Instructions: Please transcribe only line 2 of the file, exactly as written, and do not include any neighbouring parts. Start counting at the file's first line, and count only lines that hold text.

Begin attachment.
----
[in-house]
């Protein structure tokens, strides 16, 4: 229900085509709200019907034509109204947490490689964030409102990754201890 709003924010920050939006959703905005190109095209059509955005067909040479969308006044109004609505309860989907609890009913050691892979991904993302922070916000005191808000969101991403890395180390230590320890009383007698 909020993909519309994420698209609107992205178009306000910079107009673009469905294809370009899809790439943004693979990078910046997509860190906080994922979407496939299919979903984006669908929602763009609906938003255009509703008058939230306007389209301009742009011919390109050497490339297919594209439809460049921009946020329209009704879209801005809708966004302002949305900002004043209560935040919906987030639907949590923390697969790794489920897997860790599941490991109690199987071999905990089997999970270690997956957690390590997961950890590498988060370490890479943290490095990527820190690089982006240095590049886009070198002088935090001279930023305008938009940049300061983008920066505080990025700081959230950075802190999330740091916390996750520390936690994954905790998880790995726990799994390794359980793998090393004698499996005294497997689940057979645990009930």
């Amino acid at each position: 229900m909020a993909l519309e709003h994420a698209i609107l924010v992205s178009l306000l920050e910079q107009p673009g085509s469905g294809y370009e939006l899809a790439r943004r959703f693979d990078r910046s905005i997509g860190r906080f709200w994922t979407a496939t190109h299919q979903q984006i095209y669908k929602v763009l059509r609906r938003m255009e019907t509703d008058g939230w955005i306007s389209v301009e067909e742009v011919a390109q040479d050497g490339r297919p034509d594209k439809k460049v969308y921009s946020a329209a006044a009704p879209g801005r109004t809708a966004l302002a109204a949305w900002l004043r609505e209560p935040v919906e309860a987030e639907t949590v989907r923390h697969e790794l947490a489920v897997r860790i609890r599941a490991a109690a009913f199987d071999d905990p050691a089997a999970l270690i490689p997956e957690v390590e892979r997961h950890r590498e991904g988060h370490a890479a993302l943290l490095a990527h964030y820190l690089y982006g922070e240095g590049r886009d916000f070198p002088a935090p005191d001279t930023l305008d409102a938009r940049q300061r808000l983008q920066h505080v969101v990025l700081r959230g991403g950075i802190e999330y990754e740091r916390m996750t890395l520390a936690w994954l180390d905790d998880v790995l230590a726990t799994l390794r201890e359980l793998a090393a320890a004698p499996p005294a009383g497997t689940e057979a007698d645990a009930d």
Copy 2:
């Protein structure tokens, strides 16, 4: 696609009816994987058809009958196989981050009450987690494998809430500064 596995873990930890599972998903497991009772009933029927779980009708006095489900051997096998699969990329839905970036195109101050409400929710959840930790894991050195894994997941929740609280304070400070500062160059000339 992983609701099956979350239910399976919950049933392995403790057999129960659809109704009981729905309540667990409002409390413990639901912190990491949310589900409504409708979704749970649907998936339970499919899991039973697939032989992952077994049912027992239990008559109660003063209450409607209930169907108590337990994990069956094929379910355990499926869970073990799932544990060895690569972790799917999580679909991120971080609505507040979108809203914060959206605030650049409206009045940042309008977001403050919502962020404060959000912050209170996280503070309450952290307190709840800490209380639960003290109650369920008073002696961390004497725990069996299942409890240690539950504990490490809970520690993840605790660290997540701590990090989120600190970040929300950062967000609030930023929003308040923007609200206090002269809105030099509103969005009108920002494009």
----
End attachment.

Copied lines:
């Protein structure tokens, strides 16, 4: 229900085509709200019907034509109204947490490689964030409102990754201890 709003924010920050939006959703905005190109095209059509955005067909040479969308006044109004609505309860989907609890009913050691892979991904993302922070916000005191808000969101991403890395180390230590320890009383007698 909020993909519309994420698209609107992205178009306000910079107009673009469905294809370009899809790439943004693979990078910046997509860190906080994922979407496939299919979903984006669908929602763009609906938003255009509703008058939230306007389209301009742009011919390109050497490339297919594209439809460049921009946020329209009704879209801005809708966004302002949305900002004043209560935040919906987030639907949590923390697969790794489920897997860790599941490991109690199987071999905990089997999970270690997956957690390590997961950890590498988060370490890479943290490095990527820190690089982006240095590049886009070198002088935090001279930023305008938009940049300061983008920066505080990025700081959230950075802190999330740091916390996750520390936690994954905790998880790995726990799994390794359980793998090393004698499996005294497997689940057979645990009930």